Does Coronary Angiography Cause Cognitive Dysfunction?

This study has been completed.
Information provided by (Responsible Party):
Per Tornvall, Karolinska Institutet Identifier:
First received: August 26, 2011
Last updated: December 5, 2014
Last verified: September 2011
The purpose of the study is to study if coronary angiography cause cognitive dysfunction.

Condition Intervention
Coronary Heart Disease
Heart Valve Diseases
Procedure: Arterial approach

Study Type: Observational
Study Design: Observational Model: Case-Only
Time Perspective: Prospective
Official Title: Study of Cognitive Function Before and After Coronary Angiography

Resource links provided by NLM:

Further study details as provided by Karolinska Institutet:

Primary Outcome Measures:
  • Change in cognitive dysfunction from baseline to two days after coronary angiography [ Time Frame: Baseline and two days ] [ Designated as safety issue: Yes ]
    The Montreal Cognitive Assesment test will be performed before, 2 and 30 days after coronary angiography

Secondary Outcome Measures:
  • Number of patients with cerebral microemboli [ Time Frame: Baseline ] [ Designated as safety issue: Yes ]
    Cerebral microembolism will be studied by transcraniell doppler at the time of angiography. Findings will be related to change in cognitive function between baseline and two days.

Estimated Enrollment: 80
Study Start Date: September 2011
Study Completion Date: June 2012
Primary Completion Date: June 2012 (Final data collection date for primary outcome measure)
Groups/Cohorts Assigned Interventions
Coronary angiography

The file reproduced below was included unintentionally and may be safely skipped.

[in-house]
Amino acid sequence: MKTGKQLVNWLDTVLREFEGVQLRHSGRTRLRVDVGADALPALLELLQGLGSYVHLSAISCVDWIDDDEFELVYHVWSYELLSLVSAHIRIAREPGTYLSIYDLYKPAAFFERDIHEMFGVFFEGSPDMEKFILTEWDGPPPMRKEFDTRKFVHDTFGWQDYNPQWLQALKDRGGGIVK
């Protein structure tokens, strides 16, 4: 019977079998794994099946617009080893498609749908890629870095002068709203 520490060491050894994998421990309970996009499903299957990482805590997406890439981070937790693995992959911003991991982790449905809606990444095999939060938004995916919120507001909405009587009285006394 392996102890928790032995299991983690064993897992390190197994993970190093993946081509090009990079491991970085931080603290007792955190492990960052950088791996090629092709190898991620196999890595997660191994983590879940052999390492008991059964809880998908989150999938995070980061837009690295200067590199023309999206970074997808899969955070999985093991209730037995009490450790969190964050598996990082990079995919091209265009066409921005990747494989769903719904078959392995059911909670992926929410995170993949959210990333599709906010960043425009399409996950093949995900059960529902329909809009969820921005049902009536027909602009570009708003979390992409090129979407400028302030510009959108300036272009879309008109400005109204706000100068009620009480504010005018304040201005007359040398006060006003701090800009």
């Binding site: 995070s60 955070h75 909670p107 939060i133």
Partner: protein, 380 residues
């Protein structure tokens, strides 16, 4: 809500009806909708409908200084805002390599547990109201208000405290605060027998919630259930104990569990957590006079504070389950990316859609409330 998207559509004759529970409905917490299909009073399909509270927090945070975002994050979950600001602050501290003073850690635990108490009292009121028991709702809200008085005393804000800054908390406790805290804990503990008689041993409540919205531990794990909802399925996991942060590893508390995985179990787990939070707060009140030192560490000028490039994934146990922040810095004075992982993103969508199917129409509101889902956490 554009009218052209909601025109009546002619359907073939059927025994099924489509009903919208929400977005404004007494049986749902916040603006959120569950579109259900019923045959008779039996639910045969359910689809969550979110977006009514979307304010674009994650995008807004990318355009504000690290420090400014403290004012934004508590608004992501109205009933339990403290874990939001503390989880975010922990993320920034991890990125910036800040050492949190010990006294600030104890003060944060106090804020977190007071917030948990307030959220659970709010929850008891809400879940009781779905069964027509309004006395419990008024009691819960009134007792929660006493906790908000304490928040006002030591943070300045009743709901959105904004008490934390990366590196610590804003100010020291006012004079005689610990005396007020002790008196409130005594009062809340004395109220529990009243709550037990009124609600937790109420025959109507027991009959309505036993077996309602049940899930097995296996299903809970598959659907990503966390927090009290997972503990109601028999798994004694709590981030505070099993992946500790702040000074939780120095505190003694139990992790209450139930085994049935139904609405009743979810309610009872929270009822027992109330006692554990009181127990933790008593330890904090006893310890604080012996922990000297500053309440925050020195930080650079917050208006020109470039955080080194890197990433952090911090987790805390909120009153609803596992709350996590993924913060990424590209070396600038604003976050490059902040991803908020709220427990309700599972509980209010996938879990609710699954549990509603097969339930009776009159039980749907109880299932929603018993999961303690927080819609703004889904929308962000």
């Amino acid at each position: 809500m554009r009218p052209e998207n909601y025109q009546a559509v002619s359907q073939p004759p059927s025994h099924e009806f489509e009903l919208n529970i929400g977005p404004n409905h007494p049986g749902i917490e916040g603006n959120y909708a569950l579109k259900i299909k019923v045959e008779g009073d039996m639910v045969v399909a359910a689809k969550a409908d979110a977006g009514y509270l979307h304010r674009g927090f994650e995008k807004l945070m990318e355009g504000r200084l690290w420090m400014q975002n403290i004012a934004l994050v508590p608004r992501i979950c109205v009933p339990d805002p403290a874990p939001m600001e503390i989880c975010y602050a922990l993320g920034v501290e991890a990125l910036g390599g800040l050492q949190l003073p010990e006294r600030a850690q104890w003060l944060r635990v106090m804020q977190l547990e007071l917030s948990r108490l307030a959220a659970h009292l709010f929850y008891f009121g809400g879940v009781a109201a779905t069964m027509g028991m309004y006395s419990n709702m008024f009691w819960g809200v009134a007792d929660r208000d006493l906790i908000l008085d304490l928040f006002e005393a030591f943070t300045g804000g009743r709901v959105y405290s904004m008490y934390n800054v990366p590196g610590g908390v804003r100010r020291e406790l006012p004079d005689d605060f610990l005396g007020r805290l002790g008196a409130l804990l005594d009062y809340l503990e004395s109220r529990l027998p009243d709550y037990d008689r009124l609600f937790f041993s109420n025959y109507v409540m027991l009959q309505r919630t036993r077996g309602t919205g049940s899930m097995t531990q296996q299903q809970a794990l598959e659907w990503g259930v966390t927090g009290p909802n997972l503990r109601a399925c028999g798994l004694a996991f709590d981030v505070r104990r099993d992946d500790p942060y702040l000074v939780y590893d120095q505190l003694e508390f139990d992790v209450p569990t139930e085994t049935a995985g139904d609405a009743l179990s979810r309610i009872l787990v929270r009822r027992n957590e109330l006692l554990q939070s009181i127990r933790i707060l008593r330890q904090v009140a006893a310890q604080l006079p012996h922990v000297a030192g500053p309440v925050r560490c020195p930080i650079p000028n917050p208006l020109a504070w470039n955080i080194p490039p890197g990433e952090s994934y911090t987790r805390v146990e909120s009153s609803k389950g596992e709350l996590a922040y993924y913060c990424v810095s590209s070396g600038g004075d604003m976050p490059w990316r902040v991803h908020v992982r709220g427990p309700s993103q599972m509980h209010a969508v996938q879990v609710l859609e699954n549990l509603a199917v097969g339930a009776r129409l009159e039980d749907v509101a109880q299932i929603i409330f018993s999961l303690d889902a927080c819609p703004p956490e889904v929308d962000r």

Patents scheduled for elective coronary angiography
Procedure: Arterial approach
Randomization to right radial or femoral approach
Other Name: Coronary arteriography

Detailed Description:
We have previously shown, using transcranial doppler, that coronary angiography cause cerebral microembolism. Cerebral microemboli were more common using the radial than femoral approach. Previously, cerebral microembolism has been associated with new cerebral lesions on MRI. The clinical significance of these new lesions is not determined. The primary aim of this pilot study is to see if coronary angiography cause cognitive dysfunction determined by the MoCA-test. A secondary aim is to relate cognitive dysfunction to cerebral microembolism measured by transcranial doppler. A third aim is to study potential differences between the femoral and radial approaches.

Ages Eligible for Study:   35 Years to 90 Years
Genders Eligible for Study:   Both
Accepts Healthy Volunteers:   No
Sampling Method:   Probability Sample
Study Population
Patients scheduled for elective coronary angiography at one center

Inclusion Criteria:

  • Elective coronary angiography irrespective of cause

Exclusion Criteria:

  • Previous CABG, language problems, not willing to participate
  Contacts and Locations
Choosing to participate in a study is an important personal decision. Talk with your doctor and family members or friends about deciding to join a study. To learn more about this study, you or your doctor may contact the study research staff using the Contacts provided below. For general information, see Learn About Clinical Studies.

Please refer to this study by its identifier: NCT01428947

Cardiology Clinic, Karolinska University Hospital
Stockholm, Sweden, 17176
Sponsors and Collaborators
Karolinska Institutet
Principal Investigator: Per - Tornvall, MD, PhD Karolinska Institutet
  More Information

Responsible Party: Per Tornvall, Docent, Karolinska Institutet Identifier: NCT01428947     History of Changes
Other Study ID Numbers: KI-angio-2
Study First Received: August 26, 2011
Last Updated: December 5, 2014
Health Authority: Sweden: Institutional Review Board

Additional relevant MeSH terms:
Coronary Artery Disease
Coronary Disease
Heart Valve Diseases
Myocardial Ischemia
Arterial Occlusive Diseases
Cardiovascular Diseases
Heart Diseases
Vascular Diseases processed this record on November 25, 2015